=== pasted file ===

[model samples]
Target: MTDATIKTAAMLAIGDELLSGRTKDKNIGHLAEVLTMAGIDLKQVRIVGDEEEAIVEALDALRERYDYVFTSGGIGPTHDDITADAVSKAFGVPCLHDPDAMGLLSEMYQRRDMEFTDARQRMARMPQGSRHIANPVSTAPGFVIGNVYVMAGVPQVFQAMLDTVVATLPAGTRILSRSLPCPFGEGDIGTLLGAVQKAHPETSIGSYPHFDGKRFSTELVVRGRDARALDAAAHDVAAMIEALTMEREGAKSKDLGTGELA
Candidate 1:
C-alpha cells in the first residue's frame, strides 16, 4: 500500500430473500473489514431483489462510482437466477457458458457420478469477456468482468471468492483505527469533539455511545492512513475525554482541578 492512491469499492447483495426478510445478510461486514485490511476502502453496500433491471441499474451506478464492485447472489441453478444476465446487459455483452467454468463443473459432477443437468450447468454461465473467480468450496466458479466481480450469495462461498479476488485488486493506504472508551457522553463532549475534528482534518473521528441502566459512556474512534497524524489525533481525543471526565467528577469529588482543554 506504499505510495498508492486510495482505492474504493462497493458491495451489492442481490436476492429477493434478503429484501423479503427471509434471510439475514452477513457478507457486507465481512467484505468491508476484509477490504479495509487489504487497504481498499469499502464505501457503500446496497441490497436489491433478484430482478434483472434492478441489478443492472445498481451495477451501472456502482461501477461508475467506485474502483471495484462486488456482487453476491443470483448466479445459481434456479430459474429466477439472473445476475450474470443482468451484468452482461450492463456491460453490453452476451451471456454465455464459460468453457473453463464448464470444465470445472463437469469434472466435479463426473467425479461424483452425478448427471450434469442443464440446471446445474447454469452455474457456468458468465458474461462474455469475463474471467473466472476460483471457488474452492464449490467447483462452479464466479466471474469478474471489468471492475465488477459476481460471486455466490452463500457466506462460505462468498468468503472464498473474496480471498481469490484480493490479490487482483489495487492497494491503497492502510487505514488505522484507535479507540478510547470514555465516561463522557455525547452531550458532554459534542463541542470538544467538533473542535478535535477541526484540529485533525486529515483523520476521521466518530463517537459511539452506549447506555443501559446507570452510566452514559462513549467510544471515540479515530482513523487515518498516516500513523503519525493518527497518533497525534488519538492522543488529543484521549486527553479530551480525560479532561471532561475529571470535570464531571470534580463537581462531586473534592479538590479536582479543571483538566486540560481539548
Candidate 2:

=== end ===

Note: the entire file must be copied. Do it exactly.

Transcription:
[model samples]
Target: MTDATIKTAAMLAIGDELLSGRTKDKNIGHLAEVLTMAGIDLKQVRIVGDEEEAIVEALDALRERYDYVFTSGGIGPTHDDITADAVSKAFGVPCLHDPDAMGLLSEMYQRRDMEFTDARQRMARMPQGSRHIANPVSTAPGFVIGNVYVMAGVPQVFQAMLDTVVATLPAGTRILSRSLPCPFGEGDIGTLLGAVQKAHPETSIGSYPHFDGKRFSTELVVRGRDARALDAAAHDVAAMIEALTMEREGAKSKDLGTGELA
Candidate 1:
C-alpha cells in the first residue's frame, strides 16, 4: 500500500430473500473489514431483489462510482437466477457458458457420478469477456468482468471468492483505527469533539455511545492512513475525554482541578 492512491469499492447483495426478510445478510461486514485490511476502502453496500433491471441499474451506478464492485447472489441453478444476465446487459455483452467454468463443473459432477443437468450447468454461465473467480468450496466458479466481480450469495462461498479476488485488486493506504472508551457522553463532549475534528482534518473521528441502566459512556474512534497524524489525533481525543471526565467528577469529588482543554 506504499505510495498508492486510495482505492474504493462497493458491495451489492442481490436476492429477493434478503429484501423479503427471509434471510439475514452477513457478507457486507465481512467484505468491508476484509477490504479495509487489504487497504481498499469499502464505501457503500446496497441490497436489491433478484430482478434483472434492478441489478443492472445498481451495477451501472456502482461501477461508475467506485474502483471495484462486488456482487453476491443470483448466479445459481434456479430459474429466477439472473445476475450474470443482468451484468452482461450492463456491460453490453452476451451471456454465455464459460468453457473453463464448464470444465470445472463437469469434472466435479463426473467425479461424483452425478448427471450434469442443464440446471446445474447454469452455474457456468458468465458474461462474455469475463474471467473466472476460483471457488474452492464449490467447483462452479464466479466471474469478474471489468471492475465488477459476481460471486455466490452463500457466506462460505462468498468468503472464498473474496480471498481469490484480493490479490487482483489495487492497494491503497492502510487505514488505522484507535479507540478510547470514555465516561463522557455525547452531550458532554459534542463541542470538544467538533473542535478535535477541526484540529485533525486529515483523520476521521466518530463517537459511539452506549447506555443501559446507570452510566452514559462513549467510544471515540479515530482513523487515518498516516500513523503519525493518527497518533497525534488519538492522543488529543484521549486527553479530551480525560479532561471532561475529571470535570464531571470534580463537581462531586473534592479538590479536582479543571483538566486540560481539548
Candidate 2: